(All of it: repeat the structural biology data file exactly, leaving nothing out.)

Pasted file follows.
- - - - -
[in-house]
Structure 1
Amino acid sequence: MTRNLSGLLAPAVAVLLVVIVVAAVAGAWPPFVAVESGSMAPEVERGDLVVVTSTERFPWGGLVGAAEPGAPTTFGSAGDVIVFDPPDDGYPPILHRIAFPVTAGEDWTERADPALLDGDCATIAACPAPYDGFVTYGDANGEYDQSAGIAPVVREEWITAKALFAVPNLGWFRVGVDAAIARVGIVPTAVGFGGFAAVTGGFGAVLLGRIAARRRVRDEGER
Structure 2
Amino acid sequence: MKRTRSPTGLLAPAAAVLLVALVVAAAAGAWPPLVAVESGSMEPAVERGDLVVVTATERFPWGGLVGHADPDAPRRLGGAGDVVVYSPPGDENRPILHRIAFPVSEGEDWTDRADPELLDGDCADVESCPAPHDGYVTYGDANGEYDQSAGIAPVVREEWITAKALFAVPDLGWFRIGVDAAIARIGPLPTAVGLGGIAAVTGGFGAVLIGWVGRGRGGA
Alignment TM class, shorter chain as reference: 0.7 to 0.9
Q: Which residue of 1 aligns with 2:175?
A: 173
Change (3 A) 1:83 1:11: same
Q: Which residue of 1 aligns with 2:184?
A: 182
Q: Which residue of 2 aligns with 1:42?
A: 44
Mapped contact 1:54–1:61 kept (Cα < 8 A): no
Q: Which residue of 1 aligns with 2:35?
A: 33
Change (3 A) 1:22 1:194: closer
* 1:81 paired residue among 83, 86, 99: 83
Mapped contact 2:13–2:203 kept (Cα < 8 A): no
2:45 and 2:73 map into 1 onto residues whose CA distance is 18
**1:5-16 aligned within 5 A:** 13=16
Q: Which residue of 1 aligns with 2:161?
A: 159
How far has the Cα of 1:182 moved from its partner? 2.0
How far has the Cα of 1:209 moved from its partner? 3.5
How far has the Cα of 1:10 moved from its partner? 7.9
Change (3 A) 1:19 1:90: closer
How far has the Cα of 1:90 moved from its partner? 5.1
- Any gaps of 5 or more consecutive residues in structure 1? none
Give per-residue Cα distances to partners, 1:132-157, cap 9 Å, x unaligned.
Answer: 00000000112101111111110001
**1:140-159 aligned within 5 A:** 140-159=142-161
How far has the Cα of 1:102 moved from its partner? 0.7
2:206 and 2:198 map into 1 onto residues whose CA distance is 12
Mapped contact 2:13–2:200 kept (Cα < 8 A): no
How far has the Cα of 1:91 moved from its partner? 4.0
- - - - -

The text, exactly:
[in-house]
Structure 1
Amino acid sequence: MTRNLSGLLAPAVAVLLVVIVVAAVAGAWPPFVAVESGSMAPEVERGDLVVVTSTERFPWGGLVGAAEPGAPTTFGSAGDVIVFDPPDDGYPPILHRIAFPVTAGEDWTERADPALLDGDCATIAACPAPYDGFVTYGDANGEYDQSAGIAPVVREEWITAKALFAVPNLGWFRVGVDAAIARVGIVPTAVGFGGFAAVTGGFGAVLLGRIAARRRVRDEGER
Structure 2
Amino acid sequence: MKRTRSPTGLLAPAAAVLLVALVVAAAAGAWPPLVAVESGSMEPAVERGDLVVVTATERFPWGGLVGHADPDAPRRLGGAGDVVVYSPPGDENRPILHRIAFPVSEGEDWTDRADPELLDGDCADVESCPAPHDGYVTYGDANGEYDQSAGIAPVVREEWITAKALFAVPDLGWFRIGVDAAIARIGPLPTAVGLGGIAAVTGGFGAVLIGWVGRGRGGA
Alignment TM class, shorter chain as reference: 0.7 to 0.9
Q: Which residue of 1 aligns with 2:175?
A: 173
Change (3 A) 1:83 1:11: same
Q: Which residue of 1 aligns with 2:184?
A: 182
Q: Which residue of 2 aligns with 1:42?
A: 44
Mapped contact 1:54–1:61 kept (Cα < 8 A): no
Q: Which residue of 1 aligns with 2:35?
A: 33
Change (3 A) 1:22 1:194: closer
* 1:81 paired residue among 83, 86, 99: 83
Mapped contact 2:13–2:203 kept (Cα < 8 A): no
2:45 and 2:73 map into 1 onto residues whose CA distance is 18
**1:5-16 aligned within 5 A:** 13=16
Q: Which residue of 1 aligns with 2:161?
A: 159
How far has the Cα of 1:182 moved from its partner? 2.0
How far has the Cα of 1:209 moved from its partner? 3.5
How far has the Cα of 1:10 moved from its partner? 7.9
Change (3 A) 1:19 1:90: closer
How far has the Cα of 1:90 moved from its partner? 5.1
- Any gaps of 5 or more consecutive residues in structure 1? none
Give per-residue Cα distances to partners, 1:132-157, cap 9 Å, x unaligned.
Answer: 00000000112101111111110001
**1:140-159 aligned within 5 A:** 140-159=142-161
How far has the Cα of 1:102 moved from its partner? 0.7
2:206 and 2:198 map into 1 onto residues whose CA distance is 12
Mapped contact 2:13–2:200 kept (Cα < 8 A): no
How far has the Cα of 1:91 moved from its partner? 4.0